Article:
A consumer has filed a putative class action against Foster Poultry
Farms, Inc. alleging that the company’s label misleads by displaying
an American Humane Association (AHA) certification logo because
that certification does not indicate a higher, more humane standard for
raising chickens. Leining v. Foster Poultry Farms, Inc., No. BC588044
(Cal. Super. Ct., filed July 13, 2015).

The complaint asserts that Foster Farms markets itself as a humane
producer of chicken products and charges higher prices accordingly. The
plaintiff believed that this marketing message communicated that the
chickens at Foster Farms “lived a life without disease and discomfort and
were afforded a quick and painless death.” She argues, however, “the AHA certification standards permit practices throughout all phases of
the production process that, if known, would not be considered humane
either by the reasonable consumer or even under the AHA’s own definition
of humane meat production.”

The complaint details each of Foster Farms’ alleged departures from
the plaintiff’s interpretation of humane treatment. AHA standards, she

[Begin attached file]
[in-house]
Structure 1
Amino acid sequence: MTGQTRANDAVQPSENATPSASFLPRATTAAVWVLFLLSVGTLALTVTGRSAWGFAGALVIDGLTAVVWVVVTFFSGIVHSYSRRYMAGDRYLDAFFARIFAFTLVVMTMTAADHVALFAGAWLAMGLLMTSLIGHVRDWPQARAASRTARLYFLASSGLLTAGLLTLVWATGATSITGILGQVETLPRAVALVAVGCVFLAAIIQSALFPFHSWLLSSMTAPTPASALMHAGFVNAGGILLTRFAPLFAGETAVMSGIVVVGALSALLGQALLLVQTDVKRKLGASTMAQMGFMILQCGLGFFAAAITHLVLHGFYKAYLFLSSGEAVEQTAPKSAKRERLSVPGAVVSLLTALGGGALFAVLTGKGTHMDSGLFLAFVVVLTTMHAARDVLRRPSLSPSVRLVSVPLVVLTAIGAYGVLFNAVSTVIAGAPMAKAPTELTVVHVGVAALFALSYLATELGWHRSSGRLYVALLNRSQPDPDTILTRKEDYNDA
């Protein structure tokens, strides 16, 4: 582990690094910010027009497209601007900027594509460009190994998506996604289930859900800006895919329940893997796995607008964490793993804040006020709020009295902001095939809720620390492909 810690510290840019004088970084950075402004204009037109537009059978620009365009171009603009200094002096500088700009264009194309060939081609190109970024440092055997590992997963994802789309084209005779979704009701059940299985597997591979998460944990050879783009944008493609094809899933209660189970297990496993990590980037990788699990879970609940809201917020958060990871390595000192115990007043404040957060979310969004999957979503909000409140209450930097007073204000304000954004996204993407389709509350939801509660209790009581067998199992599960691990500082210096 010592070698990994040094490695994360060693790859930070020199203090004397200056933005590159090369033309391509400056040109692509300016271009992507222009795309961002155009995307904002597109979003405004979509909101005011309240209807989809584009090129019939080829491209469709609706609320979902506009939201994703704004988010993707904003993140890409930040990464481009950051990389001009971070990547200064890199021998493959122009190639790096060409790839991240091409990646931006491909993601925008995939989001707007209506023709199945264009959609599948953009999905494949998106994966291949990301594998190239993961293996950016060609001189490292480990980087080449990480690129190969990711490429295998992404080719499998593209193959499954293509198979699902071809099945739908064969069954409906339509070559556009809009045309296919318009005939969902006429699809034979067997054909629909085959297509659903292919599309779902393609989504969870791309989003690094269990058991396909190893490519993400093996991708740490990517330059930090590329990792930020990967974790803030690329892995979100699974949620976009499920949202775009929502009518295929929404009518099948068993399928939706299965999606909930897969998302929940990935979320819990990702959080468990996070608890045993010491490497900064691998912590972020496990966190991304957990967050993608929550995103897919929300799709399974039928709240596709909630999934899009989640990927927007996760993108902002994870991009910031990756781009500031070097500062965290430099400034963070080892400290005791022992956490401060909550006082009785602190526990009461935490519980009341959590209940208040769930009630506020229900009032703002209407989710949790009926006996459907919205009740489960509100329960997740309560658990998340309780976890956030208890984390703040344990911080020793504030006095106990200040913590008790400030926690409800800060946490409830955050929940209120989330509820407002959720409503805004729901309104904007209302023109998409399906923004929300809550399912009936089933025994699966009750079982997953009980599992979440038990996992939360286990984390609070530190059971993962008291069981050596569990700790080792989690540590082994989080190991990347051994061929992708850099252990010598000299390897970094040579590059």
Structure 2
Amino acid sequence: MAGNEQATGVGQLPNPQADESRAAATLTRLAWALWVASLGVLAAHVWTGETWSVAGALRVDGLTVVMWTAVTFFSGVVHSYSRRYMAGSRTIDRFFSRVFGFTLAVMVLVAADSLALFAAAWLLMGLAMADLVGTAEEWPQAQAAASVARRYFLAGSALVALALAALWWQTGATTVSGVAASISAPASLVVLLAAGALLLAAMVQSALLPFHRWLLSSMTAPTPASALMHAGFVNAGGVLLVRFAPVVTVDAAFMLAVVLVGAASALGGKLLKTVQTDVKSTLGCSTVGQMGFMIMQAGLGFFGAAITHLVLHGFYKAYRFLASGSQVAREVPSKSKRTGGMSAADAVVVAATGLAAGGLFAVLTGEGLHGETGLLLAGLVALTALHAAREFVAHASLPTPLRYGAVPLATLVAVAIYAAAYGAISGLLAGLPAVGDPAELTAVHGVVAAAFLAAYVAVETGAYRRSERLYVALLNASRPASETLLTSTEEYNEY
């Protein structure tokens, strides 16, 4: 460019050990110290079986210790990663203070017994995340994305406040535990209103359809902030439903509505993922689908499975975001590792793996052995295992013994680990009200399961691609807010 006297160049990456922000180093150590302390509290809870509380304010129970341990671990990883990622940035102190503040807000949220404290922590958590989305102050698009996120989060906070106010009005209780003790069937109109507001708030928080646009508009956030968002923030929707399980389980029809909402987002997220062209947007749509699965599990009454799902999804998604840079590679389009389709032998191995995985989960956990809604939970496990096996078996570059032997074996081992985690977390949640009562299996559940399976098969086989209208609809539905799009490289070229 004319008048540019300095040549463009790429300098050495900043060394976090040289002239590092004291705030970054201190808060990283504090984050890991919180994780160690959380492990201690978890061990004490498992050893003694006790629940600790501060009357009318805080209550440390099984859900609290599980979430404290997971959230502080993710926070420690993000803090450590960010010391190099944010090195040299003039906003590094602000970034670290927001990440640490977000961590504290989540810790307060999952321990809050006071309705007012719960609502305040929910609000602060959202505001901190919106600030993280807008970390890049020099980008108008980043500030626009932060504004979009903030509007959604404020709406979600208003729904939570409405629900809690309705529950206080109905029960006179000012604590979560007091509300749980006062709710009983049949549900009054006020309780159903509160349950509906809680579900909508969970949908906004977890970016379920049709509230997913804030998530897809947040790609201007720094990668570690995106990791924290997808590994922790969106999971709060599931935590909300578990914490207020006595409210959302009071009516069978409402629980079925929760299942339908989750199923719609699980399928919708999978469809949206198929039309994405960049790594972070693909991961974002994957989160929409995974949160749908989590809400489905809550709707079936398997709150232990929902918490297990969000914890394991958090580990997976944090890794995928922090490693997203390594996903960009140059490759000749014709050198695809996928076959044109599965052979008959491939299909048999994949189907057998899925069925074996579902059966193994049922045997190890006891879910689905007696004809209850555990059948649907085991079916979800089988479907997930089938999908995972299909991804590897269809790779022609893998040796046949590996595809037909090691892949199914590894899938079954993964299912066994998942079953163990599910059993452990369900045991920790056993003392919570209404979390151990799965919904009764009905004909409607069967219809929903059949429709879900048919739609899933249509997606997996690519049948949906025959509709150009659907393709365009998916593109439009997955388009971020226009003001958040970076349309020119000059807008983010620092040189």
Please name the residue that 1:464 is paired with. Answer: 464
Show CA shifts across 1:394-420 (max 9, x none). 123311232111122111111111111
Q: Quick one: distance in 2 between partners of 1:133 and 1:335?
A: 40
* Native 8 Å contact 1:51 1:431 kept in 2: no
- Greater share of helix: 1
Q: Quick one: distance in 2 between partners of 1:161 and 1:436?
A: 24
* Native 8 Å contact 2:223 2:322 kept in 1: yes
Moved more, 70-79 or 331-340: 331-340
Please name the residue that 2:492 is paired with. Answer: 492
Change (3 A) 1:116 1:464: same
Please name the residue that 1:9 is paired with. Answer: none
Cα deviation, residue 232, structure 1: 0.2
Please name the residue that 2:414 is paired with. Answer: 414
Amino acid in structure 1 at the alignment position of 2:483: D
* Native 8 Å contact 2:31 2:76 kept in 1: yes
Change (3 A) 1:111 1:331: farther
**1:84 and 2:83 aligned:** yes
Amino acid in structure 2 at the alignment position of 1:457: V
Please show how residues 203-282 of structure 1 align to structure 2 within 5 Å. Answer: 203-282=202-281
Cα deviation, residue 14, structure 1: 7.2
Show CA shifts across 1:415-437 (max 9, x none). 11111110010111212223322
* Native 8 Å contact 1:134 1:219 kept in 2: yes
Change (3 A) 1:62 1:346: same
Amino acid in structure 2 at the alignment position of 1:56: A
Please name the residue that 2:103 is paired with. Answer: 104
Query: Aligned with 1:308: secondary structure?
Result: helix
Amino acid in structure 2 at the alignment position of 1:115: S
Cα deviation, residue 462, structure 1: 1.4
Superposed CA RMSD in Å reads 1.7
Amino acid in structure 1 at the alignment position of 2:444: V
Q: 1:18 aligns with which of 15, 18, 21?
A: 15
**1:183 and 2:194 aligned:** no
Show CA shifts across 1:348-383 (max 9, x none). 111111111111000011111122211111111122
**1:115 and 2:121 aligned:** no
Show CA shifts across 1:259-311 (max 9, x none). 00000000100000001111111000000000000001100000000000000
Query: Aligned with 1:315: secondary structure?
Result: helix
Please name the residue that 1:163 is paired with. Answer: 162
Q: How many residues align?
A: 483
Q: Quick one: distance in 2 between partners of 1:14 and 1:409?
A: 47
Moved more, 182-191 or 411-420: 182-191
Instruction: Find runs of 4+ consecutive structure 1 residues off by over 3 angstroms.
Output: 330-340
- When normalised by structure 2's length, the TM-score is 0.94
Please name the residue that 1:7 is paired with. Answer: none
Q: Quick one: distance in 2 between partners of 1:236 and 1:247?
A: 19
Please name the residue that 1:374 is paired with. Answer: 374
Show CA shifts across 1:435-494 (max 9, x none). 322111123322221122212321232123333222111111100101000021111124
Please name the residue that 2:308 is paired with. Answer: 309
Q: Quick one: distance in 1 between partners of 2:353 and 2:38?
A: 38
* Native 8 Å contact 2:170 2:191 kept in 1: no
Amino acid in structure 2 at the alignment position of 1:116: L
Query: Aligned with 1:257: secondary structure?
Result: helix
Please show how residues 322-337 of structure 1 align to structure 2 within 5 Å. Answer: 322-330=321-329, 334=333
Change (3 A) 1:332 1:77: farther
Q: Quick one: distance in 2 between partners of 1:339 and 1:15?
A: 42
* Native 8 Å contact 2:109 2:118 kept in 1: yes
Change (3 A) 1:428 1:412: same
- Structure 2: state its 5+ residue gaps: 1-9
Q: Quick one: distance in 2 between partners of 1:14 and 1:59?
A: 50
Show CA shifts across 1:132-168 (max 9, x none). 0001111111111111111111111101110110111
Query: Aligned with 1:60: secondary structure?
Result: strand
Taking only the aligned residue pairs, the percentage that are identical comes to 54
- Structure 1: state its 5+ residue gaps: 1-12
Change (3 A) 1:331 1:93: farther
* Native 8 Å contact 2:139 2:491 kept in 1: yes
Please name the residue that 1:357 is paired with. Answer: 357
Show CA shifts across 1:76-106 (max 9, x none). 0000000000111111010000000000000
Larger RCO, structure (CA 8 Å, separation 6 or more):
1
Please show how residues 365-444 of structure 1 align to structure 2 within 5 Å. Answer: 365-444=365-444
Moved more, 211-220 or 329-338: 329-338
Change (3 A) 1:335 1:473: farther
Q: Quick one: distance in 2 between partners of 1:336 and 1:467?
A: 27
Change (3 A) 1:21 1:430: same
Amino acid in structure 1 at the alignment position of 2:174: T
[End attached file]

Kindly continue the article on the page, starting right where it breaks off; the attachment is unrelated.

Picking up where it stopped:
argues, allow certified producers to (i) force female chickens to molt by
10 to 14 days of food deprivation, which apparently causes the chickens
to lose up to 25 percent of their body weight, (ii) grind live male chicks,
(iii) trim up to one-half of the beak tips, (iv) remove roosters’ combs
without anesthesia, (v) pierce the nasal septa of young breeding roosters
with a plastic stick, (vi) shackle the legs of chickens during preparation of
slaughter, and (vii) submit the chickens to “near-starvation levels of food
and water deprivation.” The plaintiff “does not reasonably consider any
of these practices to be consistent with her understanding of the humane
treatment signified by the American Humane® Certified label on the
Foster Farms chicken packages that she purchased.” She also points to
living conditions for the chickens as “inhumane and cruel,” including
allowed tolerances for diseases and ambient ammonia concentrations.

The plaintiff alleges that these practices amount to unfair competition,
negligent misrepresentation and breaches of warranty, and she seeks
class certification, an injunction against further labeling of Foster Farms
chicken as “humane,” restitution and damages, and attorney’s fees.


Issue 572

About The Author

For decades, manufacturers, distributors and retailers at every link in the food chain have come to Shook, Hardy & Bacon to partner with a legal team that understands the issues they face in today's evolving food production industry. Shook attorneys work with some of the world's largest food, beverage and agribusiness companies to establish preventative measures, conduct internal audits, develop public relations strategies, and advance tort reform initiatives.

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